Taxpayers now have more time to PAY, but the deadline to FILE has not yet changed.
COVID-19 has disrupted daily life for taxpayers across the country. Whether due to school closures or businesses shutting down, change is the one thing that feels inevitable. In a Tuesday press conference held by President Trump’s coronavirus task force, Treasury Secretary Steven Mnuchin outlined one more change: the tax payment deadline.
According to Mnuchin, individuals whose tax bill doesn’t exceed $1 million will have an additional 90 days to pay, and corporations can defer up to $10 million. He also assured that these deferred payments will be interest and penalty free. This development comes a week after the House Ways and Means Committee sent a letter to the IRS requesting a recommendation about delaying tax-related deadlines.
An important distinction to note is that the tax return filing deadline has not been changed. Taxpayers are still expected to file by the April 15 deadline. One potential reason for maintaining the current deadline could be that Treasury recognizes the importance of taxpayers receiving refunds—especially in light of many being forced to self-isolate.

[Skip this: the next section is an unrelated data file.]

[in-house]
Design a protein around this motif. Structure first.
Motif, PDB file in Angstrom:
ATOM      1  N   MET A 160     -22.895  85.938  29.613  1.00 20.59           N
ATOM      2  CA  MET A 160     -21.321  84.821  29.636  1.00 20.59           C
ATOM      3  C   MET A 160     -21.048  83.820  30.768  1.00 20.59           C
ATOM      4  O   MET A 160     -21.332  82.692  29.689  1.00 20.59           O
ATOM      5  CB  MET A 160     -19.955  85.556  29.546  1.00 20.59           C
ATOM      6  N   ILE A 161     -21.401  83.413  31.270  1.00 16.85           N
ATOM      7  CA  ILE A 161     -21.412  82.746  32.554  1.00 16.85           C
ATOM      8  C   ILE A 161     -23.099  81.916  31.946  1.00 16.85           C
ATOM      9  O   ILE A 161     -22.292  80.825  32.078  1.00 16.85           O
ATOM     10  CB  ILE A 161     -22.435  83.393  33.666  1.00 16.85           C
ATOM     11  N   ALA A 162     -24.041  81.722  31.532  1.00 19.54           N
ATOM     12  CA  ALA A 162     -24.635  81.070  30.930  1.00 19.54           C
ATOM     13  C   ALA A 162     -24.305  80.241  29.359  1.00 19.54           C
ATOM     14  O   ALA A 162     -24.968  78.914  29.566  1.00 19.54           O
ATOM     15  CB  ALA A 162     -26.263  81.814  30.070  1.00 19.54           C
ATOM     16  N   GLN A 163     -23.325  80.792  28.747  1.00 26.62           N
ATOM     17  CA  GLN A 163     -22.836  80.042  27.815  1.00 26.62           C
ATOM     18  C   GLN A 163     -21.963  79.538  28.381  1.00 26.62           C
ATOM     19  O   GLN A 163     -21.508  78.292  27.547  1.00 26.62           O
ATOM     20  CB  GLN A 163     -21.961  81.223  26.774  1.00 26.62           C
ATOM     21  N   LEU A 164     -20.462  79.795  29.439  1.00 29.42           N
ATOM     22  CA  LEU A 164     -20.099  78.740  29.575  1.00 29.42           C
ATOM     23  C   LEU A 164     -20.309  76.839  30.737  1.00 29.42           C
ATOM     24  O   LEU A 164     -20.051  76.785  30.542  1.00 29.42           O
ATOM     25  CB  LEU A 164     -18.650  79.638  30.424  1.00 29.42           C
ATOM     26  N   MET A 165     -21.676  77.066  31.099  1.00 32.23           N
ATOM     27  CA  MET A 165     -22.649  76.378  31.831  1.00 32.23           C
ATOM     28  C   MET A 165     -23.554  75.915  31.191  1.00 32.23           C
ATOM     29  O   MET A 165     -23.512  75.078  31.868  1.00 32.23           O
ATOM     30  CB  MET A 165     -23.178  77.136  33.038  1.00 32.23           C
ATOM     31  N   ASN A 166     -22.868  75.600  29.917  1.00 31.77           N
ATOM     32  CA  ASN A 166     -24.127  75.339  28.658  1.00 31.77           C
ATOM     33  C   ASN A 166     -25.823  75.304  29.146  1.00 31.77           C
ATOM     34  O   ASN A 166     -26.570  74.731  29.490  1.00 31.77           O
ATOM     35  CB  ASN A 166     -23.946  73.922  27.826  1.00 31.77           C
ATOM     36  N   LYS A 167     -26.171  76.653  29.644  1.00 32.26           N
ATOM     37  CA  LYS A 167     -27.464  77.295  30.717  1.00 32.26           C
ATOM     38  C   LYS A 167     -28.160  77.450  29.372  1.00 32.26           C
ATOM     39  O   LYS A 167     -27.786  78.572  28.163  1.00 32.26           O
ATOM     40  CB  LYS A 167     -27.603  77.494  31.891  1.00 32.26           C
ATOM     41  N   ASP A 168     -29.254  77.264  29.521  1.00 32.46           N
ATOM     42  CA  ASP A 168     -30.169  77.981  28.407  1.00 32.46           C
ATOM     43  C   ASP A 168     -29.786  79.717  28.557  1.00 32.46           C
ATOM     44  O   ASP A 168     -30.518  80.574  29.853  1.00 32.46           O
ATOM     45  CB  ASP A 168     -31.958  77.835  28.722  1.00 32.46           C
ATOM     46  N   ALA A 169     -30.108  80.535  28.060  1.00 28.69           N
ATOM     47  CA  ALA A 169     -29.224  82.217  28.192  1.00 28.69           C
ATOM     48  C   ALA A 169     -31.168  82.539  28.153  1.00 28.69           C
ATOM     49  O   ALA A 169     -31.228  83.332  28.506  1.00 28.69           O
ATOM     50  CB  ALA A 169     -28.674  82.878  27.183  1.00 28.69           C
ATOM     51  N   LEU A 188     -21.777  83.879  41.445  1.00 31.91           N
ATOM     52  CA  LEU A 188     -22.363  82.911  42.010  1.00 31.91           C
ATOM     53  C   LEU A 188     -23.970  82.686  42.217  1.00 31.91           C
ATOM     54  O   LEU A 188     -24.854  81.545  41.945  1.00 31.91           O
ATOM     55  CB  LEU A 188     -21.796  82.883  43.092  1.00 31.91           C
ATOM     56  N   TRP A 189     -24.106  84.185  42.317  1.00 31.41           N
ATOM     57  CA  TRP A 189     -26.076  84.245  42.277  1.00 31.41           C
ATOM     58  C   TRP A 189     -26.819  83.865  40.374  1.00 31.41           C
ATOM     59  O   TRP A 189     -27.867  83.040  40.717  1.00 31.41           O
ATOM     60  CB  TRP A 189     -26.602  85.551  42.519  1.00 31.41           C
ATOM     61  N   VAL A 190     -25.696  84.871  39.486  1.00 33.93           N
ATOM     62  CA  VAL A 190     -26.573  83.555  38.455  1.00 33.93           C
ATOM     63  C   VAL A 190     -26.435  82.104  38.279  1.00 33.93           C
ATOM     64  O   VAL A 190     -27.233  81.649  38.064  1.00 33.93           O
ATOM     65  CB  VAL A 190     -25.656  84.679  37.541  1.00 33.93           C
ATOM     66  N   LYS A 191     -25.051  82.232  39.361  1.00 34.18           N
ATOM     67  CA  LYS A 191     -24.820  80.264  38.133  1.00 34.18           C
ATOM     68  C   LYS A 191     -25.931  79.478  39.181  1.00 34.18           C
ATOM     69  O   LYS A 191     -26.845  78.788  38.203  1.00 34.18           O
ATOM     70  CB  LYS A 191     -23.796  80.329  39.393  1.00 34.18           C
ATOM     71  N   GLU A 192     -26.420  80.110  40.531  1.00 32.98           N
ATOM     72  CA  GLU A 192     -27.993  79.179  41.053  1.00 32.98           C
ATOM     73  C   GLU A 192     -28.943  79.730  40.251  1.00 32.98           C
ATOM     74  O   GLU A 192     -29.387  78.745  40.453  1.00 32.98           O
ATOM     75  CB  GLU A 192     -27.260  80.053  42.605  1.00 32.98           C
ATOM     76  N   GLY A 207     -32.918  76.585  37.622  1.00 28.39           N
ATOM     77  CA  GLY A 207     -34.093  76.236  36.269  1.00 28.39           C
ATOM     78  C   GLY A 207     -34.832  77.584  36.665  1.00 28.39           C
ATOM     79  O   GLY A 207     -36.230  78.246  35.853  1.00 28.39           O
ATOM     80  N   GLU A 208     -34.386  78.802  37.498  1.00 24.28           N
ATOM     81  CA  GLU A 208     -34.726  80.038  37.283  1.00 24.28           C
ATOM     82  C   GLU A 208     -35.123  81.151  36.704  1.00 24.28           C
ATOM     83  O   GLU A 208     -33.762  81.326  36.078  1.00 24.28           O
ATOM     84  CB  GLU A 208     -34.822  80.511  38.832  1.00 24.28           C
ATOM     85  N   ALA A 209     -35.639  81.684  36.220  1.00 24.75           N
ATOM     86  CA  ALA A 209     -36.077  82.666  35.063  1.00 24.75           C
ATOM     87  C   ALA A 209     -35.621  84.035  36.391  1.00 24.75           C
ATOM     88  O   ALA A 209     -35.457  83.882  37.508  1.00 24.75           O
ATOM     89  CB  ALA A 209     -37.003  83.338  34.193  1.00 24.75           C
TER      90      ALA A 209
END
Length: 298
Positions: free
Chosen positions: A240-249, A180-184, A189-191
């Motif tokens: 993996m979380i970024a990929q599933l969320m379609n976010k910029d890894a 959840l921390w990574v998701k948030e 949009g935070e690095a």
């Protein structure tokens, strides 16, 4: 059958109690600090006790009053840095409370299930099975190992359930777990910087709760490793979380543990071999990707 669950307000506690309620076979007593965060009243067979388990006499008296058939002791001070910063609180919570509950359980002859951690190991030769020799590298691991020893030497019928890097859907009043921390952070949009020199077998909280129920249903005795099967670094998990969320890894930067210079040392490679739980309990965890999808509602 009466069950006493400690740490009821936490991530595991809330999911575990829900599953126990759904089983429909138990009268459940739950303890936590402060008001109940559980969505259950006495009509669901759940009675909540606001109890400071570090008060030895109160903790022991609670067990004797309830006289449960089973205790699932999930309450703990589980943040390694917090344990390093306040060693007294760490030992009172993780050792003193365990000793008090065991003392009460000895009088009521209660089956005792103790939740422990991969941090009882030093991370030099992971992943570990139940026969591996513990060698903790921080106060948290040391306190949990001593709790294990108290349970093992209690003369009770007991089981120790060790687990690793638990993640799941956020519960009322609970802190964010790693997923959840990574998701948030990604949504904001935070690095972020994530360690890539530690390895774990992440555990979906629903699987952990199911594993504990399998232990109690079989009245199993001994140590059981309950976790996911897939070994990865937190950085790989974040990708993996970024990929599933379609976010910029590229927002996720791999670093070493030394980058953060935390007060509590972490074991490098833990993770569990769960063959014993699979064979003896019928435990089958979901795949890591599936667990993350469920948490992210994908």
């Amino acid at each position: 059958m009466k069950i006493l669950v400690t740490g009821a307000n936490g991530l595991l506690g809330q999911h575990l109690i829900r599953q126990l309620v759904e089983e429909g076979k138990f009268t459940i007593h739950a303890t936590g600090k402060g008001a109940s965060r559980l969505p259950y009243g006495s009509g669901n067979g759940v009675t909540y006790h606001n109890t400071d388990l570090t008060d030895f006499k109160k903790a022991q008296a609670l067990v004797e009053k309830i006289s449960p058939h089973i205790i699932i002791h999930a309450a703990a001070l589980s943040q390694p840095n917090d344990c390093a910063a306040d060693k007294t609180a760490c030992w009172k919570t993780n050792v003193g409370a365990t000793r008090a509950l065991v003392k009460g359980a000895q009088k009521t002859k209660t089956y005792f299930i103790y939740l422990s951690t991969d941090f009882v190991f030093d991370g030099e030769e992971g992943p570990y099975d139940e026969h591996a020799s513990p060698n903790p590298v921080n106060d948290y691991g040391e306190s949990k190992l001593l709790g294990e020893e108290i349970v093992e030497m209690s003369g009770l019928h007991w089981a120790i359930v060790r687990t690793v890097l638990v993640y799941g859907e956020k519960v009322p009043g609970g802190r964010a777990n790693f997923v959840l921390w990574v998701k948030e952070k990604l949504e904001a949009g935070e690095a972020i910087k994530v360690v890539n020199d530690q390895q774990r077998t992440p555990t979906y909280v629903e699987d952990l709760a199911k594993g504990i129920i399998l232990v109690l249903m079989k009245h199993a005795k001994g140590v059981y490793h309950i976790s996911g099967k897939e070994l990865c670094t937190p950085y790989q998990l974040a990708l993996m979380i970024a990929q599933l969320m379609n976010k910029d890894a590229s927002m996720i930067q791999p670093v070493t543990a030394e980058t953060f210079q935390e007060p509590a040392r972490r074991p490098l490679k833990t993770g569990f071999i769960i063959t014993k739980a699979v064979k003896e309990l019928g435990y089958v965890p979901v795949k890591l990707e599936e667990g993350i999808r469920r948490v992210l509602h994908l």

“Most Americans will get tax refunds,” Mnuchin said, “and we don’t want you to lose out on those tax refunds, and we want to make sure you get them.” Indeed, the financial health of many taxpayers hinges on receiving a tax refund, so delaying that money while possibly being out of work for several weeks could could pose a significant financial hardship. Further, he recommended filing electronically to get any refunds owed as soon as possible.
All current information related to the impact of COVID-19 on the American tax system can be found on the IRS.gov “Coronavirus Tax Relief” webpage, which includes links to statements for the payment deadline extension, high-deductible plans being allowed to cover COVID-19 costs, and more.